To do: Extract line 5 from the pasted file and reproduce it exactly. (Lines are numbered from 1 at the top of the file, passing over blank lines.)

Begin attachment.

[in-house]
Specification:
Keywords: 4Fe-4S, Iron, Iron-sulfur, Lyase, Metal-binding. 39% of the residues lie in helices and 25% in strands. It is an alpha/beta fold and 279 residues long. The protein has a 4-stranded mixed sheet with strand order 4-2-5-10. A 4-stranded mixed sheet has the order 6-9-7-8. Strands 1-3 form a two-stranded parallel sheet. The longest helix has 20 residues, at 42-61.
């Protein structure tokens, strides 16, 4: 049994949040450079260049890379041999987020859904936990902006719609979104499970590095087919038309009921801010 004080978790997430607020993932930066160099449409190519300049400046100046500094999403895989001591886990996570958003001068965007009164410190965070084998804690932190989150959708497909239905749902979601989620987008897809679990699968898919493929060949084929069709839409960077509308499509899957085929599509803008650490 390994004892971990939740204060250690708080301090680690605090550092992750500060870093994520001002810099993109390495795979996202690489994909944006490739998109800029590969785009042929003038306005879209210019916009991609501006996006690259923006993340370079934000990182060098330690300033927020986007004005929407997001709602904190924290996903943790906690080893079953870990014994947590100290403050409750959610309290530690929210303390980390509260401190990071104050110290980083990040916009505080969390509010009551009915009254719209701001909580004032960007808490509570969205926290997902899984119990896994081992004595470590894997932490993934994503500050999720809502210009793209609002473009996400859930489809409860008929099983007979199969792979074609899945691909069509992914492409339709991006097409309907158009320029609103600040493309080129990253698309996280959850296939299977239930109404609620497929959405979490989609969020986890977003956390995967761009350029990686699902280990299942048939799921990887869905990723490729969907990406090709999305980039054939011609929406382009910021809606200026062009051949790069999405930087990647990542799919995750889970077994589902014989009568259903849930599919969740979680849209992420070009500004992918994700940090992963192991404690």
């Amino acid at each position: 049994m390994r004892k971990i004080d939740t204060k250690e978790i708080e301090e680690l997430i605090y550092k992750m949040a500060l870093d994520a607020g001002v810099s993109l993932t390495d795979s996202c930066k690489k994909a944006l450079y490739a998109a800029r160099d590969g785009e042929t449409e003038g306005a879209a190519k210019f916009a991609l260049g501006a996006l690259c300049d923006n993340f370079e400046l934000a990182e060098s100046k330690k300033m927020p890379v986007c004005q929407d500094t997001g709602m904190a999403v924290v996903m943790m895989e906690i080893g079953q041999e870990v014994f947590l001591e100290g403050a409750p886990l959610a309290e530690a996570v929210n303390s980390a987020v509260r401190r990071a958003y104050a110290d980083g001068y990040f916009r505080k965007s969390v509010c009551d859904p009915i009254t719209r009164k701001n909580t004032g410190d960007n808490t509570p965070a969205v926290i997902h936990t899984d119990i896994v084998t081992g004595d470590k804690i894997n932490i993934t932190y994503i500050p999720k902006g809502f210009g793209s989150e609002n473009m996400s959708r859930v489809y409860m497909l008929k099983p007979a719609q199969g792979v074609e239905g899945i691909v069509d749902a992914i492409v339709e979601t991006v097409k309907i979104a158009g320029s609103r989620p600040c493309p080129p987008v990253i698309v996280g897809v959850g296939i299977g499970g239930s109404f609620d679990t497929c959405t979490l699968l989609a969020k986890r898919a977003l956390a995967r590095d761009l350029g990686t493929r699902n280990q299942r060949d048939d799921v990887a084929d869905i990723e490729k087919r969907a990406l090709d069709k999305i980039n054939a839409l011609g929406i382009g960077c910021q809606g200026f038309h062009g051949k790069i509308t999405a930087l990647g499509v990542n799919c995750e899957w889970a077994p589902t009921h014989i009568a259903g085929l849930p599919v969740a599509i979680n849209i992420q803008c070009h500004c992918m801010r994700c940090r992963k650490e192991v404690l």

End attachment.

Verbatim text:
């Amino acid at each position: 049994m390994r004892k971990i004080d939740t204060k250690e978790i708080e301090e680690l997430i605090y550092k992750m949040a500060l870093d994520a607020g001002v810099s993109l993932t390495d795979s996202c930066k690489k994909a944006l450079y490739a998109a800029r160099d590969g785009e042929t449409e003038g306005a879209a190519k210019f916009a991609l260049g501006a996006l690259c300049d923006n993340f370079e400046l934000a990182e060098s100046k330690k300033m927020p890379v986007c004005q929407d500094t997001g709602m904190a999403v924290v996903m943790m895989e906690i080893g079953q041999e870990v014994f947590l001591e100290g403050a409750p886990l959610a309290e530690a996570v929210n303390s980390a987020v509260r401190r990071a958003y104050a110290d980083g001068y990040f916009r505080k965007s969390v509010c009551d859904p009915i009254t719209r009164k701001n909580t004032g410190d960007n808490t509570p965070a969205v926290i997902h936990t899984d119990i896994v084998t081992g004595d470590k804690i894997n932490i993934t932190y994503i500050p999720k902006g809502f210009g793209s989150e609002n473009m996400s959708r859930v489809y409860m497909l008929k099983p007979a719609q199969g792979v074609e239905g899945i691909v069509d749902a992914i492409v339709e979601t991006v097409k309907i979104a158009g320029s609103r989620p600040c493309p080129p987008v990253i698309v996280g897809v959850g296939i299977g499970g239930s109404f609620d679990t497929c959405t979490l699968l989609a969020k986890r898919a977003l956390a995967r590095d761009l350029g990686t493929r699902n280990q299942r060949d048939d799921v990887a084929d869905i990723e490729k087919r969907a990406l090709d069709k999305i980039n054939a839409l011609g929406i382009g960077c910021q809606g200026f038309h062009g051949k790069i509308t999405a930087l990647g499509v990542n799919c995750e899957w889970a077994p589902t009921h014989i009568a259903g085929l849930p599919v969740a599509i979680n849209i992420q803008c070009h500004c992918m801010r994700c940090r992963k650490e192991v404690l």